A few minutes before Nancy posted this A Photo a Week Challenge: Eyes prompt I had been discussing eye colour in birds with someone on the comments section of one of my recent posts.
So it was almost ìnevitable that I would put together a post about birds eyes.
A North American Mourning Dove on the South Bruce Peninsula, Ontario.
The Common Wood Pigeon found across Europe and parts of western Asia. Photographed in England.
A North American Common Grackle on the South Bruce Peninsula, Ontario. A similar eye colour to the Common Wood Pigeon above although not in the same family of birds. The Common Grackle is related to the New World Blackbirds, Cowbirds and Orioles.
The Eurasian Collared Dove native to Europe and Asia and introduced to North America. Photographed in England, this species deep red eye is in contrast to both the Mourning Dove and the Common Wood Pigeon above. Three members of the Dove and Pigeon family and three different eye colours.
A male Common Blackbird found in Europe, Asia and North Africa. Photographed in England, the yellow-orange ring is bare skin around the eye and is only seen on the male. The Common Blackbird is a member of the Thrush family and is not related to the New World Blackbirds.
This is my rather late contribution to the A Photo a Week Challenge: At Play. I only discovered the prompt days after it was posted.
A male Common Blackbird playing hide and seek with the photographer in Cheshire, England.
A male American Goldfinch playing hide and seek with the photographer in Saskatchewan, Canada.
My contribution to the A Photo a Week Challenge: What’s For Dinner.
This is my contribution to the Cosmic Photo Challenge: Up close and personal.
I had a few ideas for the challenge and had decided on one until I started selecting photos. After picking the first shot I was planning on using I went in a different direction.
Here are three up close and personal shots of nature subjects taken in Cheshire, England in the 1980s. In one of those strange coincidences, after picking them I realised that they all had Common in their common English names.
First, a bird. A portrait of a male Common Blackbird. I had been photographing a plant species in a ditch when this male decided to check out what the human was up to. As I’m in a ditch the bird is looking down at me.
Second, an insect. A portrait of a Common Quaker Moth taken with a high magnification macro lens.
Third, an amphibian. A close up of a Common Frog in a garden pond in Cheshire, England. Most of the frogs eye is below the surface of the water. Taken with a high magnification macro lens and possibly one of the occasions when the camera body and/or lens ended up being dipped in the water.
A selection of bird species with Black in their common English names for the Weekly Prompts Photo Challenge: Black.
A Black Tern feeding over a roadside marsh in Saskatchewan, Canada.
A female Blackcap feeding on a windfall apple in the winter in Cheshire, England. Female Blackcaps have brown caps.
A male Yellow-headed Blackbird displaying in Saskatchewan, Canada.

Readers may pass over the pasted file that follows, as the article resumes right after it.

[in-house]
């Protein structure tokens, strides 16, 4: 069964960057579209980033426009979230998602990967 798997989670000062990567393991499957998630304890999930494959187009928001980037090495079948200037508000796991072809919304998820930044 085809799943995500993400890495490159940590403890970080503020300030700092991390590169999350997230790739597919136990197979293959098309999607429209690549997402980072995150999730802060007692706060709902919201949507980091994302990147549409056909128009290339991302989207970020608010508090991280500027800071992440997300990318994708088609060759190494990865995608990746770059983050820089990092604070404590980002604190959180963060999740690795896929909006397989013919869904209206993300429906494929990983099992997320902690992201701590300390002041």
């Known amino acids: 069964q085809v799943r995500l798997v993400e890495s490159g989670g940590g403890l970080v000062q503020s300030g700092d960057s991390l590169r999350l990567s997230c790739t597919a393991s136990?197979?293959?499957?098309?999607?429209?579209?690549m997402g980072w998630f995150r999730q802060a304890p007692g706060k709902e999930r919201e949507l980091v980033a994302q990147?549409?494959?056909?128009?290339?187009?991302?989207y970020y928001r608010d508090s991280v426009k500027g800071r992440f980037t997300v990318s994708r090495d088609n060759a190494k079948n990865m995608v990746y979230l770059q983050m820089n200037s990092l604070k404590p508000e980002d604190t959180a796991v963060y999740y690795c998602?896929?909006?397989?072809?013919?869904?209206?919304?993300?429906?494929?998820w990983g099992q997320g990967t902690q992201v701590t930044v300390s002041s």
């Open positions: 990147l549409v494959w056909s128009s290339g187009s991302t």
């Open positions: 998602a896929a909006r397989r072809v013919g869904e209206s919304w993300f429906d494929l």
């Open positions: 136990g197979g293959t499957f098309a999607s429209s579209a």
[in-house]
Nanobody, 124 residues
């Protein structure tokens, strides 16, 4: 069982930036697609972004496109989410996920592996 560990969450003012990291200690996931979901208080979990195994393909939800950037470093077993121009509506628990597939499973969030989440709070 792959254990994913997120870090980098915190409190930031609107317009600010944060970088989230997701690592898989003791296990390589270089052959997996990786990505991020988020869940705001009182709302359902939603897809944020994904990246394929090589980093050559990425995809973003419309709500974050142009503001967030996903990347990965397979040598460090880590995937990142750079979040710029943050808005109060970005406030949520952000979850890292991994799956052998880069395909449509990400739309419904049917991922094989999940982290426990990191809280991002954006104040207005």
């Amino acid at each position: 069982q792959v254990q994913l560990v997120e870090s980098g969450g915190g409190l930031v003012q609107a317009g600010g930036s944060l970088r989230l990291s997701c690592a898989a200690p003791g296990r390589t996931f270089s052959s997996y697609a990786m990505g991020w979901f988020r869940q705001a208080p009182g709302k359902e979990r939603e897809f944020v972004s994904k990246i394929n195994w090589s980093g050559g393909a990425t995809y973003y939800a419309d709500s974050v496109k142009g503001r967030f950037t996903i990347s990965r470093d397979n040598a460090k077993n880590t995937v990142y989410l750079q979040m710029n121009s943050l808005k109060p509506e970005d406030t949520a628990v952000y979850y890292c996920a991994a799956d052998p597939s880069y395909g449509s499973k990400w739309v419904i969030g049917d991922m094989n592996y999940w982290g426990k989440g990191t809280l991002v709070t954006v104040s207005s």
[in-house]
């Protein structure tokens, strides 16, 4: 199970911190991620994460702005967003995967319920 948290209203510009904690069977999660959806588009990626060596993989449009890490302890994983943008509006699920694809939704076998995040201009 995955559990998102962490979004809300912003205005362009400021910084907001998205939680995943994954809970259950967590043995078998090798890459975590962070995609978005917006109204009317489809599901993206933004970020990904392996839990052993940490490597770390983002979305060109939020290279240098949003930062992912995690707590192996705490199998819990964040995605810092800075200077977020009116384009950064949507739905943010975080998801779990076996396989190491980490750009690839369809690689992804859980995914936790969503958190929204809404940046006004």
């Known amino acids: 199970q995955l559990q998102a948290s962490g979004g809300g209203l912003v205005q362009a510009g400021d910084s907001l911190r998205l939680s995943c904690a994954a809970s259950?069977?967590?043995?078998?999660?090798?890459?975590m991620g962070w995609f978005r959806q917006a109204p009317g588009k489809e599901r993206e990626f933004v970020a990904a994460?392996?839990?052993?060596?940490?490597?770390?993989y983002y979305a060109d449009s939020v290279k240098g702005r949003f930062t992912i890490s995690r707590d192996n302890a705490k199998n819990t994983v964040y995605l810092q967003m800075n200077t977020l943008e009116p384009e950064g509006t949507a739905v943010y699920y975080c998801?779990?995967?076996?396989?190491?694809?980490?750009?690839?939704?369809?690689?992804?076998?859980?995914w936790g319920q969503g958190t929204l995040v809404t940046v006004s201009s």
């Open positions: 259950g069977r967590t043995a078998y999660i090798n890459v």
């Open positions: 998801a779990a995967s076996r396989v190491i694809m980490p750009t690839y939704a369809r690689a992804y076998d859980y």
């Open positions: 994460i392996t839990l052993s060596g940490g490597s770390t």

A male Common Blackbird eating a windfall apple in the winter in Cheshire, England.
A male Black-throated Blue Warbler pretending it’s an Oriole by eating the grape jelly in an Oriole feeder. Ontario, Canada.
A male Red-winged Blackbird proclaiming its territory in Saskatchewan, Canada.
ThIs is my contribution to the Weekly Prompts Photo Challenge: Comfort.
My initial idea was a selection of comfortable looking bird and wildlife subjects. Then I got thinking about some of the close encounters I have had. When birds and wildlife have been comfortable enough to ignore me and carry on doing what they were doing before a photographer pointed a lens at them.
Lying in the yard in Ontario, Canada I was trying to get shots of an uncooperative male Cardinal when this Eastern Chipmunk started posing for the camera.
I was in the yard photographing Sparrow species one spring when this American Red Squirrel started feeding on seed under the bird feeders. Ontario, Canada.
I had gone down to the Lake Huron shoreline in Southampton for the sunrise when I found a couple of juvenile Red Knot on the shoreline. I spent some time with them, they fed, bathed, preened and even slept in front of me. Ontario, Canada.
I was sitting on a bench at Dominion Lookout on the Lake Huron shoreline in Southampton when this Red Fox came trotting along the shoreline and continued on past me. Ontario, Canada.
I was lying in a mix of sand and wildfowl poop photographing American White Pelicans when a small flock of Wilson’s Phalarope landed on the shoreline and proceeded to feed around me. This female posed for a portrait before walking so close to me that the lens couldn’t focus on her. Saskatchewan, Canada.
I was in the yard photographing birds when this Racoon appeared and started eyeing up the bird feeders. Ontario, Canada.
I was photographing a plant in a ditch when this male Common Blackbird came over to investigate the strange behaviour of the human. Cheshire, England.
Throwback Thursday travels back to Cheshire, England in the 1980s and continues the theme of birds eating windfall apples in the winter.
Having posted a male Common Blackbird (Turdus merula) at the end of January here’s a female. The female is a little different from the male, brown overall but with an orange bill and eye ring similar to a male.